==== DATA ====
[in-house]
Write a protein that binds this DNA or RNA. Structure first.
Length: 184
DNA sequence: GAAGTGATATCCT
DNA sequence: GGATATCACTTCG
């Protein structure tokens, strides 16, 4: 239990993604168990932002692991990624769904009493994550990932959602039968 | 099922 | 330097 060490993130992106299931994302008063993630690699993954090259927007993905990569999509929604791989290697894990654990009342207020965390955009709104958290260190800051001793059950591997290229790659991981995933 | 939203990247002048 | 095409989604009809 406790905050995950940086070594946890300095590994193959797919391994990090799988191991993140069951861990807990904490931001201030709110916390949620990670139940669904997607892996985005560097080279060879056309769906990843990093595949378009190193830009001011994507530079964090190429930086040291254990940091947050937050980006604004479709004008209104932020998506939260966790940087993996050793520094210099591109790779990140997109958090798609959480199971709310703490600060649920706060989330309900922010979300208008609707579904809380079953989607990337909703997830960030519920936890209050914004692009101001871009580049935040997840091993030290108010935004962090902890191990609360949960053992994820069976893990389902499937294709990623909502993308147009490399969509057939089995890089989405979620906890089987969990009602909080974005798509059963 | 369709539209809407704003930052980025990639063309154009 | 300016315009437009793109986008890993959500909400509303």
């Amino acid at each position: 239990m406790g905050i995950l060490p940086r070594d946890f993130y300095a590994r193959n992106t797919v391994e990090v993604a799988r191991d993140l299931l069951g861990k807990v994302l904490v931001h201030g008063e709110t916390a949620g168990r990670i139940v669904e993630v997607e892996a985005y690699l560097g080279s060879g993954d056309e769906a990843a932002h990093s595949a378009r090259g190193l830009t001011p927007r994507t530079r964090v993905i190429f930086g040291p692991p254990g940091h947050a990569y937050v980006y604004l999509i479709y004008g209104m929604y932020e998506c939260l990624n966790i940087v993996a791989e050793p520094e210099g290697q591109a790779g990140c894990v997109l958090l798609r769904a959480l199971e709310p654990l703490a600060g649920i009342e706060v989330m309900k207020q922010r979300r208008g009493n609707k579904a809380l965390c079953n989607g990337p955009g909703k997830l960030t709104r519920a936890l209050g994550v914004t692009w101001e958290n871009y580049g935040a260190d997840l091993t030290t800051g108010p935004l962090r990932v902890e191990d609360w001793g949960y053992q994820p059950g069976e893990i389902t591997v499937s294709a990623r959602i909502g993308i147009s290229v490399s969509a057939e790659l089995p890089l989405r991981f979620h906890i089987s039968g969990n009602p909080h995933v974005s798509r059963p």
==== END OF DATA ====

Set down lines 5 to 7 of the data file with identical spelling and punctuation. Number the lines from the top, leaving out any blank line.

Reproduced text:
DNA sequence: GGATATCACTTCG
């Protein structure tokens, strides 16, 4: 239990993604168990932002692991990624769904009493994550990932959602039968 | 099922 | 330097 060490993130992106299931994302008063993630690699993954090259927007993905990569999509929604791989290697894990654990009342207020965390955009709104958290260190800051001793059950591997290229790659991981995933 | 939203990247002048 | 095409989604009809 406790905050995950940086070594946890300095590994193959797919391994990090799988191991993140069951861990807990904490931001201030709110916390949620990670139940669904997607892996985005560097080279060879056309769906990843990093595949378009190193830009001011994507530079964090190429930086040291254990940091947050937050980006604004479709004008209104932020998506939260966790940087993996050793520094210099591109790779990140997109958090798609959480199971709310703490600060649920706060989330309900922010979300208008609707579904809380079953989607990337909703997830960030519920936890209050914004692009101001871009580049935040997840091993030290108010935004962090902890191990609360949960053992994820069976893990389902499937294709990623909502993308147009490399969509057939089995890089989405979620906890089987969990009602909080974005798509059963 | 369709539209809407704003930052980025990639063309154009 | 300016315009437009793109986008890993959500909400509303």
């Amino acid at each position: 239990m406790g905050i995950l060490p940086r070594d946890f993130y300095a590994r193959n992106t797919v391994e990090v993604a799988r191991d993140l299931l069951g861990k807990v994302l904490v931001h201030g008063e709110t916390a949620g168990r990670i139940v669904e993630v997607e892996a985005y690699l560097g080279s060879g993954d056309e769906a990843a932002h990093s595949a378009r090259g190193l830009t001011p927007r994507t530079r964090v993905i190429f930086g040291p692991p254990g940091h947050a990569y937050v980006y604004l999509i479709y004008g209104m929604y932020e998506c939260l990624n966790i940087v993996a791989e050793p520094e210099g290697q591109a790779g990140c894990v997109l958090l798609r769904a959480l199971e709310p654990l703490a600060g649920i009342e706060v989330m309900k207020q922010r979300r208008g009493n609707k579904a809380l965390c079953n989607g990337p955009g909703k997830l960030t709104r519920a936890l209050g994550v914004t692009w101001e958290n871009y580049g935040a260190d997840l091993t030290t800051g108010p935004l962090r990932v902890e191990d609360w001793g949960y053992q994820p059950g069976e893990i389902t591997v499937s294709a990623r959602i909502g993308i147009s290229v490399s969509a057939e790659l089995p890089l989405r991981f979620h906890i089987s039968g969990n009602p909080h995933v974005s798509r059963p």